Bulletin of Volcanology

, 81:56 | Cite as

Seismic reflection and petrographic interpretation of a buried monogenetic volcanic Field (part 1)

  • Alan BischoffEmail author
  • Marcos Rossetti
  • Andrew Nicol
  • Ben Kennedy
Research Article


Buried volcanoes occur in great numbers within sedimentary basins globally. Knowledge of ancient buried volcanic systems has improved significantly over the past two decades. The in-depth understanding of these buried systems was mainly possible due to increasing availability of high-quality seismic reflection and subsurface borehole data. This paper examines a cluster of Miocene volcanoes now buried by ca. 1000 m of sedimentary strata in the Canterbury Basin, New Zealand. These volcanoes were imaged by 2D seismic lines and perforated by the Resolution-1 borehole. We refer to this group of volcanoes and related intrusive bodies as the Maahunui Volcanic Field (MVF). Here, we present detailed petrographic and seismic reflection interpretation of some representative volcanoes of the MVF, and of the strata that enclose them, to constrain the environments in which intrusions and eruptions occurred. Intrusive rocks penetrated by the Resolution-1 comprise a monzogabbro body with a saucer-shape geometry emplaced in organic-rich sedimentary layers. The monzogabbro contains miarolitic cavities and ophitic textures which, together with decompaction of its overburdened sedimentary strata, suggest an emplacement depth around 950 m below the paleo-seafloor. Seismic lines show an array of faults at the tips of the saucer-shaped monzogabbro. These faults are connected with the root of some volcanoes and may have formed feeder systems for eruptions and hydrothermal fluids onto the Miocene paleo-seafloor. Volcaniclastic rocks comprise abundant glassy shards, relics of bubble walls, spheroidal fragments enveloped in a palagonite film, broken phenocrysts, and lithics. These volcaniclastic rocks are interbedded with lower bathyal siltstones, indicating that eruptions near the location of the Resolution-1 occurred in a deep-submarine environment (1000–1500 m). Integration of petrographic, geochemical, and seismic reflection interpretation suggest that the volcaniclastic rocks have a genetic relationship with the saucer-shaped monzogabbro, which may have served as a shallow stationary magma chamber for some volcanoes in the MVF. The available data indicate processes of intense material fragmentation and particle dispersion, consistent with phreatomagmatic eruptions, although globally this eruptive style is rarely interpreted to occur at water depths > 1000 m. The emplacement of intrusions into organic-rich sedimentary rocks could incorporate thermogenic gases into the magmatic system, providing supplementary driving forces to form large deep-water pyroclastic eruptions.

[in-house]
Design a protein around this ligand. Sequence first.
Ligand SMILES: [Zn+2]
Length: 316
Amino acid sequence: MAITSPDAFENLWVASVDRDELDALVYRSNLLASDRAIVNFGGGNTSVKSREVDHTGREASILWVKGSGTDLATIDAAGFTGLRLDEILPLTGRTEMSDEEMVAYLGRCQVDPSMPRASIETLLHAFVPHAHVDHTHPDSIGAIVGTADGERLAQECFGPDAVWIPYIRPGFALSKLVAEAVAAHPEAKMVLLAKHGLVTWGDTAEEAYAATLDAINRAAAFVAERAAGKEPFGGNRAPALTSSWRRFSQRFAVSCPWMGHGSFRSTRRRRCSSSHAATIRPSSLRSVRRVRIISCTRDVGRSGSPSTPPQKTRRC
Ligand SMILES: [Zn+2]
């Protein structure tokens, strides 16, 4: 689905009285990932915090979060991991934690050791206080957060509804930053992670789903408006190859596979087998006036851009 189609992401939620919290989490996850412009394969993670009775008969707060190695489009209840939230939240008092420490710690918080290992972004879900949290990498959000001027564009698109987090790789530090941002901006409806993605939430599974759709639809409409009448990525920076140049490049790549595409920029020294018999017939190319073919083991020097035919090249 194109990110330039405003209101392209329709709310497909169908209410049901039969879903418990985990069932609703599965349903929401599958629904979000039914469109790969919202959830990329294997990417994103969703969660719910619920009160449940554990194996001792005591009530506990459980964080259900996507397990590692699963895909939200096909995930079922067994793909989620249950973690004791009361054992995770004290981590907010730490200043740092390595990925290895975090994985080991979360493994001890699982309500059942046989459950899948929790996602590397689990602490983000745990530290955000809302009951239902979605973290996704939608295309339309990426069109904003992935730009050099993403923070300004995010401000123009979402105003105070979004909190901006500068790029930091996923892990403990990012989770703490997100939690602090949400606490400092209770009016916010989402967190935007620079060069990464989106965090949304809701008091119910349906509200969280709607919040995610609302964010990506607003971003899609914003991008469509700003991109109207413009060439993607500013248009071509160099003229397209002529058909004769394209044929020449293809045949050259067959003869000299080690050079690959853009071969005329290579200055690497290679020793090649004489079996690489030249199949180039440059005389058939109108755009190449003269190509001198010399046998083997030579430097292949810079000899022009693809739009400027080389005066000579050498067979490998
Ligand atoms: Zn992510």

Buried volcanoes Seismic reflection Deep-water eruptions 



We would like to thank IHS Markit and Schlumberger for providing academic license to use the Kingdom and Petrel software, and the NZPM for providing the dataset for this study. Thanks to Jane Newman for the petrographic insights, to Simon Holford and Sverre Planke for their excellent reviews of the manuscript, and to Judy Fierstein for helping to improve this paper.

Supplementary material

445_2019_1316_MOESM1_ESM.docx (14 kb)
ESM 1 XRF results from Rock Association I (intrusive) and Rock Association V (extrusive) of Resolution-1. Sn correspond to the number of shots given in each sample. Major elements are presented in weight percent (wt%), while incompatible elements are in parts per million (ppm). (DOCX 13 kb)
445_2019_1316_Fig16_ESM.png (1.5 mb)

Results from EDS analysis of volcanic glass from Rock Association V. (PNG 1505 kb)

445_2019_1316_MOESM2_ESM.tif (37.3 mb)
High Resolution Image (TIF 38162 kb)


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Copyright information

© International Association of Volcanology & Chemistry of the Earth's Interior 2019

Authors and Affiliations

  1. 1.Department of Geological SciencesUniversity of CanterburyChristchurchNew Zealand

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